Publication Date: March 8, 2013
In Champagne and Lemon Drops by Jean Oram, Beth Wilkinson has always had very specific dreams growing up in Blueberry Springs. When her fiancé, Oz, breaks off their engagement so that he can find himself, Beth is determined to win him back. In her bid to win Oz back, Beth attracts the attention of Nash, the town’s dashing new doctor. Beth discovers love and her future may not be as simple as she thought.
Alice’s lament in Alice’s Adventures in Wonderland & Through the Looking-Glass “I give myself very good advice, but I very seldom follow it” could fit Beth Wilkinson perfectly. Beth is a character that believes she’s going into her situation with eyes open and then does everything she can to destroy whatever progress she makes.
Beth isn’t an inherently unlikable character. She’s self-involved and self-indulgent. I’m willing to bet we all know someone like her. Oz has the hometown advantage but from the moment we meet him, we know Oz is maybe not the best choice for Beth unless he changes completely. Not content to just leave and go find himself, he is emotionally manipulative of a woman that we’re supposed to believe is smart. Don’t get me wrong, intelligent people can fall victim to emotional manipulation, but Beth is so aware that the reader must surmise she knows what’s going on and just likes the flashes of attention. There was also an issue I’ve mentioned before in that the author did not build a believable connection between her characters beyond that their private parts snapping together.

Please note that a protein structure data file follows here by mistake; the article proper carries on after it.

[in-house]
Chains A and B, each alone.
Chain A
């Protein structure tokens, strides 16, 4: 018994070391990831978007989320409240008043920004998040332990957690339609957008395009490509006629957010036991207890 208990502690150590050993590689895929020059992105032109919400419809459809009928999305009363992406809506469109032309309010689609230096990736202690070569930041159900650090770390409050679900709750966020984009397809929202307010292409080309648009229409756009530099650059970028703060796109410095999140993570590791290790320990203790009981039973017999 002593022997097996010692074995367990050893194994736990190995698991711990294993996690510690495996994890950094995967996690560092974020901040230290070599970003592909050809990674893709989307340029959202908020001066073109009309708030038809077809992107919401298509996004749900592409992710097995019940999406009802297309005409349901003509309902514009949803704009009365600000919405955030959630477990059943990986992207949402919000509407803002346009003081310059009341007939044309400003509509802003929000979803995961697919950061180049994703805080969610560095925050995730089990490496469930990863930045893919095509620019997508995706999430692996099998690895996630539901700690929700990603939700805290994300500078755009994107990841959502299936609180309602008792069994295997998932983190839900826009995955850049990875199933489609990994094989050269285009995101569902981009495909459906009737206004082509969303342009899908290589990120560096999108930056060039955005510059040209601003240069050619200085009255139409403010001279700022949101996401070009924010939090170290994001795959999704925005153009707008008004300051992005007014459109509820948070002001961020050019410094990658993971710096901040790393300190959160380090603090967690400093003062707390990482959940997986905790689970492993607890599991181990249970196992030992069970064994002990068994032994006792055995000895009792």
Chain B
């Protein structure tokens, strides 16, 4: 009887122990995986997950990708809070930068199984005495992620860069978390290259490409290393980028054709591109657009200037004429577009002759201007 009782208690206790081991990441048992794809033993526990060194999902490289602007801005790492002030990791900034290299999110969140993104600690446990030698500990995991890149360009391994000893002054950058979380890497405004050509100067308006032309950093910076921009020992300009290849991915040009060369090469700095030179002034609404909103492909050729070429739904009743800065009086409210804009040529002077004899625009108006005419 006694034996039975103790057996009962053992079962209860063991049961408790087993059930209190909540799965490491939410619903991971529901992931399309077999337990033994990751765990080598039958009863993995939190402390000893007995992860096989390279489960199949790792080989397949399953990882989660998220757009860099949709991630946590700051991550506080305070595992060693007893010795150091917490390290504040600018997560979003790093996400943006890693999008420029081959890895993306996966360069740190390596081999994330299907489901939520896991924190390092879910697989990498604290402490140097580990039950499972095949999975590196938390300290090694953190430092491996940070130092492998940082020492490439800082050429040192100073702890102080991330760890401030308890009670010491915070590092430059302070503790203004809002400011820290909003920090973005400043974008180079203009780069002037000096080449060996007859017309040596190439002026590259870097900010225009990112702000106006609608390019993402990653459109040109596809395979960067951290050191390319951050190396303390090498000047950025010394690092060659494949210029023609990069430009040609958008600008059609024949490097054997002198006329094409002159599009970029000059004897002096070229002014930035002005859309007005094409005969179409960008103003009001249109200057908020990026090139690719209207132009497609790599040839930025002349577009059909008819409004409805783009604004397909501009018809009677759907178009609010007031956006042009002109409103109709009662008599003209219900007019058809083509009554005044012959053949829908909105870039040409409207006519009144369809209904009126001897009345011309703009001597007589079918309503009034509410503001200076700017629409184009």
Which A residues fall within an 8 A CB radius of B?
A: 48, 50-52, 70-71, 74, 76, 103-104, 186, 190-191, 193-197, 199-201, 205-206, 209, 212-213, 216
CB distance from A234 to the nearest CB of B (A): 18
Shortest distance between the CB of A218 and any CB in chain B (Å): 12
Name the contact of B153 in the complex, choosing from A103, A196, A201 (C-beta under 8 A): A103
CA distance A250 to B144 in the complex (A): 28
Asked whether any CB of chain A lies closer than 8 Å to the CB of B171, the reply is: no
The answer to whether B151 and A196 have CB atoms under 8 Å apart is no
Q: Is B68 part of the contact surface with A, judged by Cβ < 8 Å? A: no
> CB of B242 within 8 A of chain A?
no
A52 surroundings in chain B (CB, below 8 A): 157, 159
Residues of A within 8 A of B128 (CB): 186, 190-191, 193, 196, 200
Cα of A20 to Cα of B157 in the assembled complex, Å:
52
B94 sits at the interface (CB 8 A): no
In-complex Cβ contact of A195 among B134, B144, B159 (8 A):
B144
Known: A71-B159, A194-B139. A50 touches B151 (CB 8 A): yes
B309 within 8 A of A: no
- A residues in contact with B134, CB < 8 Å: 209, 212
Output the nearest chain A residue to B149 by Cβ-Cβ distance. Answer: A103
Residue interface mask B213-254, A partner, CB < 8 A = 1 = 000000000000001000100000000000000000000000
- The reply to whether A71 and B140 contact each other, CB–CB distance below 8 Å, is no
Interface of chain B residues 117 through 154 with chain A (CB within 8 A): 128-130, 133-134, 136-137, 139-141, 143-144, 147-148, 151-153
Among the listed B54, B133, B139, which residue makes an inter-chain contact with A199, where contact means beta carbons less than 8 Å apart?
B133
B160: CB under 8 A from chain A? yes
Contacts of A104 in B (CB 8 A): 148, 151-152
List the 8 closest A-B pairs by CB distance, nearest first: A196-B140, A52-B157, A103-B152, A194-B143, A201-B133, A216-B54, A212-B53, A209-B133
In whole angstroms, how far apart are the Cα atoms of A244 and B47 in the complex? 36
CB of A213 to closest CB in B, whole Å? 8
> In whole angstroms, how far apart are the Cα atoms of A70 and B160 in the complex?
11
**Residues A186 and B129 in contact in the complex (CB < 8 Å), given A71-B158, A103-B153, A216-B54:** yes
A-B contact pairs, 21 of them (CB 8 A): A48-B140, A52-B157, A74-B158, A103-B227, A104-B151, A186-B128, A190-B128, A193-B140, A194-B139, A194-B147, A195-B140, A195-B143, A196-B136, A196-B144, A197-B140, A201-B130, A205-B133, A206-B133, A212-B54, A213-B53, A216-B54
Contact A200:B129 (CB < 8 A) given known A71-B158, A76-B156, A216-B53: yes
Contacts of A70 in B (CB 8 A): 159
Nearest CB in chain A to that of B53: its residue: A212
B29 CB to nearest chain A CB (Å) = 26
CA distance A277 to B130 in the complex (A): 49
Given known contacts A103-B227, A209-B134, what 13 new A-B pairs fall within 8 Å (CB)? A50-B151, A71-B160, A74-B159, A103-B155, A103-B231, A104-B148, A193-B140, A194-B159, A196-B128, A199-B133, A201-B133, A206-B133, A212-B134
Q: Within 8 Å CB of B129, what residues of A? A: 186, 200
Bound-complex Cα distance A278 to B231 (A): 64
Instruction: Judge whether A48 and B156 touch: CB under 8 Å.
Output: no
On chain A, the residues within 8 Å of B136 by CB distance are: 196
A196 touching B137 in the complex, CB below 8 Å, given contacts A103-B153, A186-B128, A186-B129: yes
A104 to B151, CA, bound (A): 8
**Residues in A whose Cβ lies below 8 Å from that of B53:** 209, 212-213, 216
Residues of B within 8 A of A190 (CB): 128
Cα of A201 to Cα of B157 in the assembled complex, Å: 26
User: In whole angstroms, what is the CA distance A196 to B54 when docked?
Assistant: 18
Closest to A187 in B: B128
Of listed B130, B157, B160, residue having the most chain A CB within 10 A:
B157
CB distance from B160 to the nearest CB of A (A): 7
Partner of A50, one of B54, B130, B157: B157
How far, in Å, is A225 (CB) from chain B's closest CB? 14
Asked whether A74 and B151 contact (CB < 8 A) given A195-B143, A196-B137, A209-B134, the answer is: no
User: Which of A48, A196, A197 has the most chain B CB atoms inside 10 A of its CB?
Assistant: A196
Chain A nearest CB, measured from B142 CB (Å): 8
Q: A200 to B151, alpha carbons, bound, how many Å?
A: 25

I am a fan of this genre and really thought the idea of the story was a good one. The execution left something to be desired. The writing is shallow and the author chose to accentuate peripheral scenes while leaving others, in which readers could gain real insight into the characters and thought processes, unwritten. Beth goes to Paris with Nash and is really excited about the trip and planning, and then suddenly it’s over and she’s left with memories. Who wants to go through packing a bag with a character to not get any of the vacation time? This is only one example of shallowly written plot points. That the whole town cares about Beth so that they will go to lengths to keep her from making a bad decision is sweet, but it is not believable in the way it was written or the context of the story. Suspension of disbelief, you may wish to remind me. Yes, but sometimes belief cannot be suspended as far as the need demands.
While all for the element of surprise, the ending just didn’t fit with the story. Champagne and Lemon Drops really had the potential to be a stand-out novel. It is cleanly written and the idea was fitting for the genre but the reality fell short.
Champagne and Lemon Drops is a novel that drags on. Had I not been reading to review, I would have stopped reading about halfway through. Champagne and Lemon Drops has 152 five-star reviews on Amazon.com so there are people who did like the novel. If you like romance, be sure to check out their reviews to see if Champagne and Lemon Drops is suited for you.
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